Nigel Miller, the director/franchisor of Plus Fitness, recently spoke with Club Solutions about the growth of 24/7 gyms in the Australian marketplace. Plus Fitness is a 24/7-gym chain with over 50 locations in Australia, with many more in the works to open.
CS: What health and fitness trends are currently being seen in Australia?
NM: Over the past two years we have seen a very aggressive shift towards the use and demand within the 24/7 gym sector in the Australian fitness industry. This has resulted in the rapid growth of four brands; two international and two domestic, with us being one of the two Australian-owned players. This growth has been driven by the consumers’ needs changing and their demands for more convenience and lower price points increasing, thus pushing the trend.
This has in turn had a detrimental impact on the traditional big box gyms, with Fitness First alone off-loading or closing 24 of [its] 98 sites over the past 12 months, which has further assisted in fueling the growth of the 24/7 sector. The downturn of big box clubs comes from their challenges in being able to compete on price with the 24/7 gyms, based on the larger footprint required to accommodate services such as aquatics programs, instructor-lead classes and child minding, which [are] largely not offered by 24/7’s. Add to this a downturn in member numbers for [big box gyms], as 24/7 gyms continue to open across Australia by the day, then it is not hard to see why this trend continues.
Other trends to watch is the growth of CrossFit, which is increasing in popularity in the more experienced exercise segment of our target market as an industry. Plus Fitness has recently introduced a CrossFit Station that is presently being rolled out across our gyms to combat this shift in trend.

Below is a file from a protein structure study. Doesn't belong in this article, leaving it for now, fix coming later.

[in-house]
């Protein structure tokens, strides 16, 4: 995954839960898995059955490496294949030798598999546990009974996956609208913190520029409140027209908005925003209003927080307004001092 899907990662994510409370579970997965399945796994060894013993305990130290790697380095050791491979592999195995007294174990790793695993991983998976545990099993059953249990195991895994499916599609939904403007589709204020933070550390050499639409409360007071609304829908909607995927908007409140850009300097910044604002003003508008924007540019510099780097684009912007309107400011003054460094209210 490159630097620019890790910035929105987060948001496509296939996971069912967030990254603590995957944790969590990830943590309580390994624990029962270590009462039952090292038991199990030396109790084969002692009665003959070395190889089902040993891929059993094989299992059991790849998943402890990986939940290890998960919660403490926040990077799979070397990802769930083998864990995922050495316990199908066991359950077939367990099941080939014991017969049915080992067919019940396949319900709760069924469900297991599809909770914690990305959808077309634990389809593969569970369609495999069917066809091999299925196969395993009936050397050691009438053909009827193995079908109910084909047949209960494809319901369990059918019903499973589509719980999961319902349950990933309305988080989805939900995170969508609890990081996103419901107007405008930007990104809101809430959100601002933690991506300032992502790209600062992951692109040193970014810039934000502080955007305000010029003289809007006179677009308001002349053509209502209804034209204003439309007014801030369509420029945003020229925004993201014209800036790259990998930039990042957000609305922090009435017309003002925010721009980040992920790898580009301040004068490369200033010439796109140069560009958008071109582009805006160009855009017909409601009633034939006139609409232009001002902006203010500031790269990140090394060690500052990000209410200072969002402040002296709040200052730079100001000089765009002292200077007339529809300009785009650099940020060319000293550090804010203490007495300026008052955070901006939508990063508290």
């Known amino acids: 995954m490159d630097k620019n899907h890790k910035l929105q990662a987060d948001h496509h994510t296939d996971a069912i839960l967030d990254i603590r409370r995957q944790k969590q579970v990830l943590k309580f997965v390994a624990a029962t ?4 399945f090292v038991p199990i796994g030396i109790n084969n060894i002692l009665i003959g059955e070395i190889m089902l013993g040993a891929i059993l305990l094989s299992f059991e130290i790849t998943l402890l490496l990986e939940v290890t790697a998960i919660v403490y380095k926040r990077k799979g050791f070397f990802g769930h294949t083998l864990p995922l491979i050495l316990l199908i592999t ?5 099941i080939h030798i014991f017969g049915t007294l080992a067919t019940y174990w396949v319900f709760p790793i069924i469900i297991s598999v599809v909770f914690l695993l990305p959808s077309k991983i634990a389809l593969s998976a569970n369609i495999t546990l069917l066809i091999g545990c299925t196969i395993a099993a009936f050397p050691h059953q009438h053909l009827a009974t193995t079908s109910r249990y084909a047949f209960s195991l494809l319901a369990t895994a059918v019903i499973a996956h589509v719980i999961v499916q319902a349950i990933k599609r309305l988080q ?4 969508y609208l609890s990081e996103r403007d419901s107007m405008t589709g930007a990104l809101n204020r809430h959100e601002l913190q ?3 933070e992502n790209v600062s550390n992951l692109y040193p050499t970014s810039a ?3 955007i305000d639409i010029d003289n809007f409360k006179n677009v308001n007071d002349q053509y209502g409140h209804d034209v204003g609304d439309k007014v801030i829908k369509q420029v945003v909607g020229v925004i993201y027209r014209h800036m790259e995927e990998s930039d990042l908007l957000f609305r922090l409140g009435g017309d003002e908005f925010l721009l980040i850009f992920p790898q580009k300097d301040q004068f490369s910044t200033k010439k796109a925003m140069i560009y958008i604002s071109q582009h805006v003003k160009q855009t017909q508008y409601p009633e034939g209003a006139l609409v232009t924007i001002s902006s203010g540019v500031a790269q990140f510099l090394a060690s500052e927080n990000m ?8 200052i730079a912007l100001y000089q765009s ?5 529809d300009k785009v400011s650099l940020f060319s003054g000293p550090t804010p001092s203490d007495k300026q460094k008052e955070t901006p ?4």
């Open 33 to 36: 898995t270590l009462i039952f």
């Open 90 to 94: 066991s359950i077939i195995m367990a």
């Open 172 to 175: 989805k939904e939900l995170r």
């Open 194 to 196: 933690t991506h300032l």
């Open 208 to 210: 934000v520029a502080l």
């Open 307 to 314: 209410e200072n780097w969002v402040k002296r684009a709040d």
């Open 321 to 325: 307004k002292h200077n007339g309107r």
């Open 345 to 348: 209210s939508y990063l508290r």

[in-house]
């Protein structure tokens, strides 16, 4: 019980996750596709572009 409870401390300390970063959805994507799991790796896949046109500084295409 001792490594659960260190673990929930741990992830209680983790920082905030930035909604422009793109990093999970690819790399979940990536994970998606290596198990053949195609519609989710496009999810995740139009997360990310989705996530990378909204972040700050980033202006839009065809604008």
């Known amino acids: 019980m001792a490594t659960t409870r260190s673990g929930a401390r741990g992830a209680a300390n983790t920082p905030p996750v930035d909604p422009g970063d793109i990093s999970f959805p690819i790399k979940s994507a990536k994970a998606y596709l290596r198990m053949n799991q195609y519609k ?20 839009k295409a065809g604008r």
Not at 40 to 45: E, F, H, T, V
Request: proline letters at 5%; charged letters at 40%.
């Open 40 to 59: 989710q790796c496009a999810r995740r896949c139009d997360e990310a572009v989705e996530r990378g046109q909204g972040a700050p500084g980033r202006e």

CS: What group exercise classes are currently popular in Australia?
NM: The Les Mills portfolio of classes remains the major player in the Australian market and has been for over 15 years. Over recent years they have been challenged by the likes of Radical Fitness and Zumba® programs, however they have stood strong with there now being somewhat of a downturn in the Zumba “craze.”
CS: Health and fitness wise, what are some common issues Australians struggle with?
NM: There has been a well-reported increase in the hours that Australians are now working. This, added to an increase in the rates of obesity across Australia, and the press that both topics regularly attract, has had an impact on the volume of Australians joining gyms. Both have fueled the growth in 24/7 gyms with the former comment increasing the need for more convenience of accessibility, which 24/7 gyms naturally deliver to the market.
CS: How does Plus Fitness differentiate itself from other gyms in the market?
NM: Plus Fitness 24/7’s key points of difference in the market place are driven by its non-contract memberships providing members with the security of being in control of their membership. Add to this a strong customer service culture, [and] we have been able to retain below-industry benchmark attrition rates for our entire 16 years of trading. Our Virtual Instructor Class Program, “Classes on Demand,” has also separated us from our competitors and provides a further ability to compete with the big box clubs by having a class offering, yet maintaining our low-prices point, smaller footprint, 24/7-model.
CS: In the U.S., small group training has become popular. Is it gaining traction in Australia as well?
NM: There has definitely been a demand for this service, however it remains stable. Group training in Australia is dominated by outdoor training companies of which a number have successfully franchised across Australia over the past few years.
By Rachel Zabonick